- Pictures on a board at the front door. Food in Rome is amazing, so if the restaurant is known for its traditional food, they do not need to resort to visual aids to attract customers.
- Hosts calling you on the street to come into the restaurant: Come on now. No reputable restaurant needs anyone soliciting customers outside. In fact, you will need reservations for great restaurants in Rome.
- Dishes on display on tables outside the restaurant: all I have to say about this is “RUN”.
We searched Trip Advisor and found a true gem around the hotel area. Piccolo Arancio is one of those little restaurants you would just pass by and not think much of it. But how wrong you would have been, myself included. It was definitely one of the best dinners of our trip!
The owners were absolutely adorable and welcoming. When the hotel concierge called to make a reservation for a table of 4 at 9:30PM, they were very accommodating and even though they were full that evening, they encouraged us to come in. When we arrived, the place was packed. Some tables were almost ready to leave so we didn’t have to wait long. We were taken to the small adjacent room in the restaurant where there were only 3 tables, but we loved being in a more private area. The food is nothing short of excellent, and once again we ate as if there was no tomorrow. Their desserts were absolute heaven: best tiramisu and pana cotta I have had so far anywhere.
For lunch the next day, I had reservations to a restaurant I truly was anticipating. My brother, who had lived in Italy a few years back, told me this pizza place was a must-go and that one cannot get in without reservations. I was able to witness a family of 4 being turned away as we were coming into the restaurant because they didn’t have reservations. Well, we did! So if you want to try amazing pizza and food at Dal Pollarolo I suggest you make your reservations.
Let me tell you about this place. We came in for pizza – which we had. We started out by ordering a Margherita and a Prosciutto and Mozzarella. We literally inhaled the two as soon as they came to the table. We then decided to order one of their fresh pastas and house specialty: the Rigatoni Amatriciana. Absolutely to die for! A few moments later, we noticed every table around us (we were the only tourists there, everyone around were locals or at least Italians) was ordering the same crostini appetizer. Of course, I had to try it and we ordered one for the table. I don’t remember what the crostini were called, but they were amazing! Not satisfied yet, we ordered another one of the house specialties: the spaghetti alla carbonara. Excellent! Our feast was then finally over.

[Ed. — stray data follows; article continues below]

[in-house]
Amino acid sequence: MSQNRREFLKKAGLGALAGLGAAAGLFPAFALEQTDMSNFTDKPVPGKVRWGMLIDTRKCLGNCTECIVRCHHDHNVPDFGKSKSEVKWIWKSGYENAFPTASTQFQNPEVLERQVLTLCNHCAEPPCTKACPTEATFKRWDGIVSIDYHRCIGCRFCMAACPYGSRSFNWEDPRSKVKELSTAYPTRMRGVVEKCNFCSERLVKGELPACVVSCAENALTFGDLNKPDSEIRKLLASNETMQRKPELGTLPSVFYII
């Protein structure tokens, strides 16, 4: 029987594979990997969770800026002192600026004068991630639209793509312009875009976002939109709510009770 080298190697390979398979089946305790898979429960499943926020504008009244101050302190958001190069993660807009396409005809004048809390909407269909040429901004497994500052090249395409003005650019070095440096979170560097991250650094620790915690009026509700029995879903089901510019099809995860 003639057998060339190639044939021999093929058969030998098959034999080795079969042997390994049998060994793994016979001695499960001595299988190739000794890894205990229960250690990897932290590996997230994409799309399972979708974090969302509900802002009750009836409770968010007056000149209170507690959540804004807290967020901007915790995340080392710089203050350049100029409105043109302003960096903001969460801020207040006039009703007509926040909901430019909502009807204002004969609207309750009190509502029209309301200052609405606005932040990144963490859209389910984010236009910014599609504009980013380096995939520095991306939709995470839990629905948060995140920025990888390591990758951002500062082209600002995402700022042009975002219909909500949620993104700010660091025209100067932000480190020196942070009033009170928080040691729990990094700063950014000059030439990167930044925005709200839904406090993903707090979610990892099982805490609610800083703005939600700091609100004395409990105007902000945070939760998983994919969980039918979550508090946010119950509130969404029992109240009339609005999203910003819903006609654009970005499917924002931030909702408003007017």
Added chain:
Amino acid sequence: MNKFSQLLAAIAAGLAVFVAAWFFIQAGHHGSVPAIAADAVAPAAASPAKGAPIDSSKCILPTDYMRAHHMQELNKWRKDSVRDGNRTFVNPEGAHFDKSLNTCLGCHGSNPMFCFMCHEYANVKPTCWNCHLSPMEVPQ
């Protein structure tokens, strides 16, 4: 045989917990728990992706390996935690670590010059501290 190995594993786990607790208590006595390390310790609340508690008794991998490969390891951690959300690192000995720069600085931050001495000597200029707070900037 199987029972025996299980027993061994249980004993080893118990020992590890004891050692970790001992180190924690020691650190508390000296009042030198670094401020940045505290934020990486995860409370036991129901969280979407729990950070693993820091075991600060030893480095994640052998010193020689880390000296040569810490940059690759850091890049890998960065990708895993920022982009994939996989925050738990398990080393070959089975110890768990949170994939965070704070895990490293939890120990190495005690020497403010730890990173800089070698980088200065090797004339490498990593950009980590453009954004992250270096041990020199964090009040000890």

The last recommendation I could not leave out of this post is a gelato spot that anyone in Rome must go to: Giolitti. No, this is NOT your average gelato. This will be the best gelato you have ever had…. Ever. We ended up going there twice in a 3 day trip. The other gelato places we tried were good but not worth mentioning compared to Giolitti.
On our last night, my kids “demanded” to go back to Giolitti for the sit down experience after dinner. Our waiter was the friendliest and sweetest waiter in all of Rome and the kids had a blast with him. The size of the cups were ginormous – but no one had a problem finishing. I should warn you that during the day, the place is absolutely crazy. The lines are out the door and you will need to exercise your patience knowing the end result is worth it.
Well, all I have to say is that we spent more than half of our days in Rome “eating” as you can tell. If there is one thing Italians know well is how to appreciate excellent food, and that they have mastered. Everywhere we ate in Rome had incredibly fresh, robust and flavorful food with the best ingredients, and prepared with “molto gusto”. I am so proud to say I am half Italian, and even more proud to admit I am not afraid to eat! Enjoy life to the fullest and as I say, Travel, Eat, Repeat!